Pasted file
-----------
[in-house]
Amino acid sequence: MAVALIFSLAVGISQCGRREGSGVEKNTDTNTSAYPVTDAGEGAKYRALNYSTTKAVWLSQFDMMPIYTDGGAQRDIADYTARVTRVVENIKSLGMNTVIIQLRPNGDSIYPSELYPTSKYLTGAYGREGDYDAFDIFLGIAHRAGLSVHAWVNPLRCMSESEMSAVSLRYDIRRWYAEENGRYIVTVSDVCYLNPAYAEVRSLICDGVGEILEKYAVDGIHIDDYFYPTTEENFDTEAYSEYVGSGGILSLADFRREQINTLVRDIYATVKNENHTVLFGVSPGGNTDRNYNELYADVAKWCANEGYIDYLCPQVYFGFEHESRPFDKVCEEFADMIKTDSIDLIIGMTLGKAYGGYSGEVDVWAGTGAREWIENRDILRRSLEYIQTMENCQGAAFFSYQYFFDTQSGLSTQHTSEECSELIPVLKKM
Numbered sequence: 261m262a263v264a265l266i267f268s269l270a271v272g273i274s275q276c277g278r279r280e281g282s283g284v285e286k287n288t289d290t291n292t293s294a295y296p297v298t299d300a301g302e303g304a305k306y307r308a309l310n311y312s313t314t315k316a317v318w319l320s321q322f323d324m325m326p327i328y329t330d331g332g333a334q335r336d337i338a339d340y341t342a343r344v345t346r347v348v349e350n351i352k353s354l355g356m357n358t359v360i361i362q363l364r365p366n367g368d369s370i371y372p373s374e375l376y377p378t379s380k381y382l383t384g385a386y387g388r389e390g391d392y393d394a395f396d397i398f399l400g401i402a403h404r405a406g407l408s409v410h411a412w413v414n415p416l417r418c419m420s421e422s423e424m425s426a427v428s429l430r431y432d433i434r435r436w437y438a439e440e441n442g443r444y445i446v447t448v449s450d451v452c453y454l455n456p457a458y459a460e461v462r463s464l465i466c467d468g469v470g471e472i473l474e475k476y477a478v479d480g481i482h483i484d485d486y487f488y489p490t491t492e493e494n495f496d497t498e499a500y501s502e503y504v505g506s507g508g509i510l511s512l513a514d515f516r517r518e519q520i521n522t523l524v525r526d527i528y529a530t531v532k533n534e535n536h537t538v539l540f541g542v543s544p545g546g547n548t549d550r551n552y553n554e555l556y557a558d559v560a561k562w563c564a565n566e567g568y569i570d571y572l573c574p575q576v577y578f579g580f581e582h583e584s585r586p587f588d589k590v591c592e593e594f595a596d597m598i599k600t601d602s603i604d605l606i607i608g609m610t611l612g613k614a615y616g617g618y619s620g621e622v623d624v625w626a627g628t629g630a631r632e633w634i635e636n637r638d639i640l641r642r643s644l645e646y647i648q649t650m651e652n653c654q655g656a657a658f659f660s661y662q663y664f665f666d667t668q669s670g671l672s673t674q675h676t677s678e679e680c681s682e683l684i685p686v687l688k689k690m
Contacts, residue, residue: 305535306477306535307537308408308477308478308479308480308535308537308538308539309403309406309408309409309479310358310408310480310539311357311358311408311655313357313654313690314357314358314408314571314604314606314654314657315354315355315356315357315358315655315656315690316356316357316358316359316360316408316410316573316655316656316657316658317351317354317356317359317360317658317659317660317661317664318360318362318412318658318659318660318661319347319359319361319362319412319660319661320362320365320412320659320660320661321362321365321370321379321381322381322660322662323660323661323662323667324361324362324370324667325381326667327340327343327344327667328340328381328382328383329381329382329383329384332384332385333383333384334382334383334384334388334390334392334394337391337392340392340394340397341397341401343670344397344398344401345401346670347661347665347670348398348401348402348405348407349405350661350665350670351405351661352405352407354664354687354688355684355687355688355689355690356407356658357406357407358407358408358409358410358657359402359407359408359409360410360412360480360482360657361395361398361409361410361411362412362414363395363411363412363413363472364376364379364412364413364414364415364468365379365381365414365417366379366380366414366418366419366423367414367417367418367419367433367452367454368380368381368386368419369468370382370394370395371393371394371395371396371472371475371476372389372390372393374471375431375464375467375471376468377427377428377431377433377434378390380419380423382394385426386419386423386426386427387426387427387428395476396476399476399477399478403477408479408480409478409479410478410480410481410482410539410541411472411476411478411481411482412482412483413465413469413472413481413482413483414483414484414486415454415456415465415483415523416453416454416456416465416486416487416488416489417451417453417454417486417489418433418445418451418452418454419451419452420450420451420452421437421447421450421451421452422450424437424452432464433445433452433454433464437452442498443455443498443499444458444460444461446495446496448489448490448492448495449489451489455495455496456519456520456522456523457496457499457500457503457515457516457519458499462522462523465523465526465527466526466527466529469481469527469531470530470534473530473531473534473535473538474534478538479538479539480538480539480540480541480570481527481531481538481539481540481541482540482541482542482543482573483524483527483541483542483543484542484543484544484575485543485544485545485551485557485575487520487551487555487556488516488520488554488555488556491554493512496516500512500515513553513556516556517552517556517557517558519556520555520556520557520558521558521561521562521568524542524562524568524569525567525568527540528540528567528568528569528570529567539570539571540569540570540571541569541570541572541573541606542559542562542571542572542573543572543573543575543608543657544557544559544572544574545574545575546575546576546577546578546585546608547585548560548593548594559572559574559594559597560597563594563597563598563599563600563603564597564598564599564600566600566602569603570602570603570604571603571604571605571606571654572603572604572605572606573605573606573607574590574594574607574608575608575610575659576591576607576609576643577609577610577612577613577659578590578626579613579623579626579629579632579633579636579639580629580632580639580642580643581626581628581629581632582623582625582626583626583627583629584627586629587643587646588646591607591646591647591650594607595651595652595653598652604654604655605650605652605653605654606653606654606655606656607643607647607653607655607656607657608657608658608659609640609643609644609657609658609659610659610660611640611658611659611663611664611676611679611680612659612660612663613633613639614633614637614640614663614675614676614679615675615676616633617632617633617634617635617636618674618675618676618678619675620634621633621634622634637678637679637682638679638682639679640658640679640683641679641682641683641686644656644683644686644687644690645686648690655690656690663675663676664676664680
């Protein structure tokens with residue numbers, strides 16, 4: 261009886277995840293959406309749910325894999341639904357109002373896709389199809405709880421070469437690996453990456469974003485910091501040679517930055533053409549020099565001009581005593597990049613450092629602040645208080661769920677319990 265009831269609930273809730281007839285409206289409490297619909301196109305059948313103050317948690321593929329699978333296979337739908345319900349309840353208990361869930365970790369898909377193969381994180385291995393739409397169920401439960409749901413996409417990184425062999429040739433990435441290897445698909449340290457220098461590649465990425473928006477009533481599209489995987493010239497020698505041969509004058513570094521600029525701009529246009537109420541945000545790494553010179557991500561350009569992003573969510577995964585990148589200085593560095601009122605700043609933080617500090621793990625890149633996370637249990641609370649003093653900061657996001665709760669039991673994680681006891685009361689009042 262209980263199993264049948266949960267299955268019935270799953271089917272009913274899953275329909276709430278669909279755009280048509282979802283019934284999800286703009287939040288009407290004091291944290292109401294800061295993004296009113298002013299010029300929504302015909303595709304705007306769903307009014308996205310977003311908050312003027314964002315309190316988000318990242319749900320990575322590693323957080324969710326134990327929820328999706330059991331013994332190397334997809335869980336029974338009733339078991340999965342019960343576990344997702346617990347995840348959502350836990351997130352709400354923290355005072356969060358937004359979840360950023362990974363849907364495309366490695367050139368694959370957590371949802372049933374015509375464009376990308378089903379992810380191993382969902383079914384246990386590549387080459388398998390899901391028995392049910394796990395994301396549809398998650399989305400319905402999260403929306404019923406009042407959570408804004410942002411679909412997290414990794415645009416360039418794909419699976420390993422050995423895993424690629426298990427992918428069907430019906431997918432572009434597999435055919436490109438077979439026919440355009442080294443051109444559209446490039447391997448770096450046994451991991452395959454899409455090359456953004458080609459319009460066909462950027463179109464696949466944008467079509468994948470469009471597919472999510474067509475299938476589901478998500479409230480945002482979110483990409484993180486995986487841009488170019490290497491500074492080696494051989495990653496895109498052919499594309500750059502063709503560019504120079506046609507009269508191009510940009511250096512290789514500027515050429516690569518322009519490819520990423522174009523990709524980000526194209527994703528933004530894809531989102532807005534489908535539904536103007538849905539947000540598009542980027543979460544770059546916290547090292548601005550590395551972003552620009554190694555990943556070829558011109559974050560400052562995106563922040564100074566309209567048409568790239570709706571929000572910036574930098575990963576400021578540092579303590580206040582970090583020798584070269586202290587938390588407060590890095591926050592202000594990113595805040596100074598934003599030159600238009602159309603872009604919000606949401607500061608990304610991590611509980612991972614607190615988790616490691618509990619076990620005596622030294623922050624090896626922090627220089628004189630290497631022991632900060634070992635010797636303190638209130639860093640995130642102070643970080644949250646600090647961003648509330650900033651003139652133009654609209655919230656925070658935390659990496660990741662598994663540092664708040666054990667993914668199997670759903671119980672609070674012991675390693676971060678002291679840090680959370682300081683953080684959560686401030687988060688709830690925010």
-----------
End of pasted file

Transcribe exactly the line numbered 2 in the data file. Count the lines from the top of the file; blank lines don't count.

Amino acid sequence: MAVALIFSLAVGISQCGRREGSGVEKNTDTNTSAYPVTDAGEGAKYRALNYSTTKAVWLSQFDMMPIYTDGGAQRDIADYTARVTRVVENIKSLGMNTVIIQLRPNGDSIYPSELYPTSKYLTGAYGREGDYDAFDIFLGIAHRAGLSVHAWVNPLRCMSESEMSAVSLRYDIRRWYAEENGRYIVTVSDVCYLNPAYAEVRSLICDGVGEILEKYAVDGIHIDDYFYPTTEENFDTEAYSEYVGSGGILSLADFRREQINTLVRDIYATVKNENHTVLFGVSPGGNTDRNYNELYADVAKWCANEGYIDYLCPQVYFGFEHESRPFDKVCEEFADMIKTDSIDLIIGMTLGKAYGGYSGEVDVWAGTGAREWIENRDILRRSLEYIQTMENCQGAAFFSYQYFFDTQSGLSTQHTSEECSELIPVLKKM